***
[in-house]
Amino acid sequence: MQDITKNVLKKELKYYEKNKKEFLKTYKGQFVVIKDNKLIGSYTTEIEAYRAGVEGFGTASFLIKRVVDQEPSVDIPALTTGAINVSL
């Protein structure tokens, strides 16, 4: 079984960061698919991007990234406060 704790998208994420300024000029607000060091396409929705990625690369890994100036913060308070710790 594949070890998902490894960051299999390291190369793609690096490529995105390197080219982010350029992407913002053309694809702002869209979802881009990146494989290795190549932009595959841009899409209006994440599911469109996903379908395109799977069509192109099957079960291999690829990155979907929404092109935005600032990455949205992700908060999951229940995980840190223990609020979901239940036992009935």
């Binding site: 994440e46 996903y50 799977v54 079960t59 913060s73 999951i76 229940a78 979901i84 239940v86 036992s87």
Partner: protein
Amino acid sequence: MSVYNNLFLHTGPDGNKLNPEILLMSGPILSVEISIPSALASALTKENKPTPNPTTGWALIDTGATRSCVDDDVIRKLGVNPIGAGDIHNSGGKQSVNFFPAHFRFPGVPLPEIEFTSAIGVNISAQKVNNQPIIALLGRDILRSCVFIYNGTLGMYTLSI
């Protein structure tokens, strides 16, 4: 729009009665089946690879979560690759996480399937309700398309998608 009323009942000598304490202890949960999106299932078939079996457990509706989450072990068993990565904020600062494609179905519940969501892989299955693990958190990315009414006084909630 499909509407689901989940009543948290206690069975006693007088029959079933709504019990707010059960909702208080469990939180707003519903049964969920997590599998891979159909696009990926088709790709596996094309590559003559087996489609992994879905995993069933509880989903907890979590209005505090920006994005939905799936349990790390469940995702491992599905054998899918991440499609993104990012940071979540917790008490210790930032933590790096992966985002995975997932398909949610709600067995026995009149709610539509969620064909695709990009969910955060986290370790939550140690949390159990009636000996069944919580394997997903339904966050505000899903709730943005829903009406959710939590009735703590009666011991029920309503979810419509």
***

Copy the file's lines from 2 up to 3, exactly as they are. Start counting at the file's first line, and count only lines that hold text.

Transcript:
Amino acid sequence: MQDITKNVLKKELKYYEKNKKEFLKTYKGQFVVIKDNKLIGSYTTEIEAYRAGVEGFGTASFLIKRVVDQEPSVDIPALTTGAINVSL
């Protein structure tokens, strides 16, 4: 079984960061698919991007990234406060 704790998208994420300024000029607000060091396409929705990625690369890994100036913060308070710790 594949070890998902490894960051299999390291190369793609690096490529995105390197080219982010350029992407913002053309694809702002869209979802881009990146494989290795190549932009595959841009899409209006994440599911469109996903379908395109799977069509192109099957079960291999690829990155979907929404092109935005600032990455949205992700908060999951229940995980840190223990609020979901239940036992009935």